The Nanomedicine Explorer is an interactive, updateable multimedia kiosk and media package, that is also available as a component of the Nanomedicine Exhibition. Visitors can explore a variety of topics and specific research areas in cancer nanomedicine through vivid animations and video story-telling up close with a diverse group of researchers. Interactive features include games, polls, and options to dig deeper into the material. Fully bilingual English/Espanol. Visitors can text message or email themselves a link to the companion website. Produced with support from the NIH NCRR SEPA program. The multimedia package can also be loaded into any computer display or custom-built cabinet to augment existing health, medicine,and nanotechnology exhibits.
This exhibit was part of the Nanotechnology: What's the Big Deal? exhibition which toured the Arkansas Discovery Network beginning in 2010.
The field of nanomedicine is rapidly expanding and may soon bring us long-hoped for improvements in areas such as cancer detection and treatment. Researchers from different fields bring together their expertise to develop novel and sometimes revolutionary approaches to the detection and treatment of disease. All new approaches must go through rigorous safety and efficacy testing procedures in vitro, in animal models, and in clinical trials before being approved.
Nanomedicine is the applicaton of nanotechnology to medicine.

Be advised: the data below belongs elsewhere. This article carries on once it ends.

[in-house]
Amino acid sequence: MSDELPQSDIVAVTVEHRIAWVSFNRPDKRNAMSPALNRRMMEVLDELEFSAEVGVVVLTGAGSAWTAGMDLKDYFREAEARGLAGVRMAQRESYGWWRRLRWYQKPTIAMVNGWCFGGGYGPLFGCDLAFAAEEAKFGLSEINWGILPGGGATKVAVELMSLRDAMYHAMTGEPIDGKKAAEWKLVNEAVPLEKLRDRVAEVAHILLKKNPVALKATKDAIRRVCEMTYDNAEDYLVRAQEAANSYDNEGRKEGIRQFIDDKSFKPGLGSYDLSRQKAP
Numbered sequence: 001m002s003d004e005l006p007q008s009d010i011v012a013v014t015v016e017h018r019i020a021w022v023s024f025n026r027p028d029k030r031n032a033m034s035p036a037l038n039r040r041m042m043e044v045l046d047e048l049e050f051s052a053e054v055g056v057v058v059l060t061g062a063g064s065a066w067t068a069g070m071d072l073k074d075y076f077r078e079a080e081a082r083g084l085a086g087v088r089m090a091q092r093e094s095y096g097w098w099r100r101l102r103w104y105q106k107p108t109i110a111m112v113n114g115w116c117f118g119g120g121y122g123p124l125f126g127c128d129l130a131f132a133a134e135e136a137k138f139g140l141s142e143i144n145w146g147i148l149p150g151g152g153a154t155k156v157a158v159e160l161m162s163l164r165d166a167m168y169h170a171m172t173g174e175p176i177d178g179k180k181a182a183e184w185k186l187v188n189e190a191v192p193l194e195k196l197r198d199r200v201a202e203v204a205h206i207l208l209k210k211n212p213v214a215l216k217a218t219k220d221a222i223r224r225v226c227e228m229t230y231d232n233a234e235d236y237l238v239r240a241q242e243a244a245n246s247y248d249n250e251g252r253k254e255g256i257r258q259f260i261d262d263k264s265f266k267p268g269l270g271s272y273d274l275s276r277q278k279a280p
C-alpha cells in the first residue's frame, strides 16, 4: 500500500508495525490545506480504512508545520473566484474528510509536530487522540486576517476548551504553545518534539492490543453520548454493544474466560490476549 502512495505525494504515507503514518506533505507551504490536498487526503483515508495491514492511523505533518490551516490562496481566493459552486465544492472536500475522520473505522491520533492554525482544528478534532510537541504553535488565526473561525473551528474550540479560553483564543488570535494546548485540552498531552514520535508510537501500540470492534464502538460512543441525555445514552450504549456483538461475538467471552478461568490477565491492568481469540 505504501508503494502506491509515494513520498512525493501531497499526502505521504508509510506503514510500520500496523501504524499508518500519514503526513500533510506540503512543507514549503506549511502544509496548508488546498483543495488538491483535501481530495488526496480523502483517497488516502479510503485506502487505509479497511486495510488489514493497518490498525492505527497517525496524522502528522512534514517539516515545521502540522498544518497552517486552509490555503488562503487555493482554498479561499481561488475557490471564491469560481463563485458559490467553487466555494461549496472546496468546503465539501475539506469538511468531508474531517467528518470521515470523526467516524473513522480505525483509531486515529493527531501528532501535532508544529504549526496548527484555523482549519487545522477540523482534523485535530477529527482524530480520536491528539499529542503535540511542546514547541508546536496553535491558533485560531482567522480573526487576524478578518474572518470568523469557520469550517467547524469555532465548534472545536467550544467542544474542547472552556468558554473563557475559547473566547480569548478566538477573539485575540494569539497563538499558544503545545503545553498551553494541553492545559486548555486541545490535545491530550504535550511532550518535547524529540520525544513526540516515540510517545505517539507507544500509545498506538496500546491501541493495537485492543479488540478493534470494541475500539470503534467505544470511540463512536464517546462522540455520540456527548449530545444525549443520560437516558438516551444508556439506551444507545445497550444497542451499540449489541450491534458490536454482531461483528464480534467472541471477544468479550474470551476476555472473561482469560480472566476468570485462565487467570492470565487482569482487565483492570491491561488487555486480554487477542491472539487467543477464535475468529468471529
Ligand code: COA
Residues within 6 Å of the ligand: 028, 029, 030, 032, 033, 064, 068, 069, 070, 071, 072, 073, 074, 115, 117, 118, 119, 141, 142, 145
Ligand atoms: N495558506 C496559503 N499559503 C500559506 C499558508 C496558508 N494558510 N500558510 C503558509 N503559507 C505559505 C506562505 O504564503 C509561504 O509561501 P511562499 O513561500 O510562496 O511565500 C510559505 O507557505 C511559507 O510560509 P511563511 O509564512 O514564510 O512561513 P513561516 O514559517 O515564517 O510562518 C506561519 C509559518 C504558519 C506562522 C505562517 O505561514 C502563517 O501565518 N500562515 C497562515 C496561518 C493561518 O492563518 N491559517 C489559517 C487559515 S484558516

Nanotechnology is the science of the small and the engineering and applications of very small structures.
Nanomedicine researchers develop tiny materials, tools and devices that can work with extreme precision at the nanoscale, the scale of the molecules and cells that make up our bodies.
Nanotechnology has created many materials and devices with unique and distinctive features - providing a new "toolbox" to try to address many medical needs.
Experts from a variety of backgrounds and in a range of different science and engineering disciplines are coming together to address these challenges.
Research involves creativity, discipline, teamwork and inspiration; it is often rewarding in personal as well as professional ways.
What cancer is, and how it grows and metastasizes.
All new techniques must go through years of testing to ensure that they will work and that they will be safe.
Developed for the NISE Network with funding from the National Science Foundation under Award Numbers 0532536 and 0940143. Support for content also from: the NIH NCRR SEPA program; and the Center for High-rate Nanomanufacturing (NSF 0425826). Any opinions, findings, and conclusions or recommendations expressed in this product are those of the authors and do not necessarily reflect the views of the NSF, NIH or CHN.
Museum of Science, Boston
NISE Network products are developed through an iterative collaborative process that includes scientific review, peer review, and visitor evaluation in accordance with an inclusive audiences approach. Products are designed to be easily edited and adapted for different audiences under a Creative Commons Attribution Non-Commercial Share Alike license. To learn more, visit our Development Process page.